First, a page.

punched with the pen number #1 punch. The cockerel has been toe punched Pen #4.
The next building
will be built the same. However, painted white with the #2 painted on the door. We have again two pen sisters revealing toe punch #2.
With them is placed a male bird toe punched #1.
The next building is painted blue with#3 on the door. Again,
with 2 pen sisters with the toe punch #3. The cockerel has a toe punch #2.
The final pen that I have, like the other three, is painted green.
The number on the door is #4. The two pen sisters are toe punched with
a pen #4 punch. The male bird will be a cockerel with a toe punch #3.
So, as you can
see, I have about two females with one male. Each breeding season, I take a pencil
and write the number of each breeding pen number on each egg. The eggs are hatched
in my incubator in four separate compartments and I carefully toe punch each chick to his appropriate pen which would be between
Pens 1 to 4.
Each chick is
raised to an age where I can make some decision on vigor, breed type, beak, and leg color.
I chose the best off-spring in comparison to their parents hoping to improve each generation and pass on to future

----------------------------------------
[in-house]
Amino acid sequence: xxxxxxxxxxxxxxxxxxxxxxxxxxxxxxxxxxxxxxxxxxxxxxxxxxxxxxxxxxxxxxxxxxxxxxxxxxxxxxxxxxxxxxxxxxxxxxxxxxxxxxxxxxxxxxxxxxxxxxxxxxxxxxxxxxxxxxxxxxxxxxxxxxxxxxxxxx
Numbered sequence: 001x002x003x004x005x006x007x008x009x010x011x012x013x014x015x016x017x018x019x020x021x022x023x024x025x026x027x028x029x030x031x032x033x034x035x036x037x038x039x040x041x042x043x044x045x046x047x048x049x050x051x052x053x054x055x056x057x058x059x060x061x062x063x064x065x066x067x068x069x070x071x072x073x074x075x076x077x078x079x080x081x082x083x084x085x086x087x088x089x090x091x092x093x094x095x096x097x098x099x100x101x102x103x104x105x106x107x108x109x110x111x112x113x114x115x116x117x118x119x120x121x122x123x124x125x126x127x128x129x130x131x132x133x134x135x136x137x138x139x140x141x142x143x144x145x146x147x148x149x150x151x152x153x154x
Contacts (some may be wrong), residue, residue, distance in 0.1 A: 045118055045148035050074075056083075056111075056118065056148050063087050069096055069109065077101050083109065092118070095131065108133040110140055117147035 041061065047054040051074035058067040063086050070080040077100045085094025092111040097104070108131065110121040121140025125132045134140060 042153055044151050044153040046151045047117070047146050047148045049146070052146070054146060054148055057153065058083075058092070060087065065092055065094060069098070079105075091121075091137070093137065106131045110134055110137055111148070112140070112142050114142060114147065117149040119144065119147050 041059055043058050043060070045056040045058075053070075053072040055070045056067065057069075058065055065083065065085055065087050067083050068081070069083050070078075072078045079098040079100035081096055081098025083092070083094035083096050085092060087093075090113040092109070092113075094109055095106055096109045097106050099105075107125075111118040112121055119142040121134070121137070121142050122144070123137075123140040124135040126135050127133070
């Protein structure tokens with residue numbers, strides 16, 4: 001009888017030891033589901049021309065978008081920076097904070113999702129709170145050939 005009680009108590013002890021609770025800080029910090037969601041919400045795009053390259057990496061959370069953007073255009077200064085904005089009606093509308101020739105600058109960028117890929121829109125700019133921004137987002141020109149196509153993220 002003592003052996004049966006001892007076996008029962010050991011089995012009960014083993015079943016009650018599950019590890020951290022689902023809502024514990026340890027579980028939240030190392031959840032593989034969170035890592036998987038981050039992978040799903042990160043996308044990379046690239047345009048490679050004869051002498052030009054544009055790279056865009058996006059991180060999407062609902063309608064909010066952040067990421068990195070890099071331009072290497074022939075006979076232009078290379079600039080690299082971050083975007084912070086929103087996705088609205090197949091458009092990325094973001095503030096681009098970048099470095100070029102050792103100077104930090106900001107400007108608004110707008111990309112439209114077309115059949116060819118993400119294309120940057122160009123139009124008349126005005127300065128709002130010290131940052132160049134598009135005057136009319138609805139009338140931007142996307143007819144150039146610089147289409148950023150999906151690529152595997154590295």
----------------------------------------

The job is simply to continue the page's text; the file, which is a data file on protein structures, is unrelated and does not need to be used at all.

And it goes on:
offspring the improved traits that my goals are at that time.
Now, if you will,
visualize two of the best pullets that I have raised from each breeding pen placed back into the pen from which their eggs
came. Also, please visualize that I have on their legs a leg band of the color
of their building. Now that I have all of the pen sisters in their pens as their
mothers where before them let’s pick the best males that will be chosen as mates to these females. We may pick a male not because he is closest to the standard but, more than anything, to look handsome
as he can be and to compensate for any faults that the females may have.
The females in Pen 1 will have a male placed into their pen that was toe punched #4 as his sire
was before him. Pen 2 females will have a sharp cockerel from Pen 1. Pen 3 females have a cockerel from Pen 2. Pen 4 females will
have, as you may have guessed, a male that comes from Pen 3. So as you can see
this simple system places every year the best females back into their pen and the best male rotates down to his right from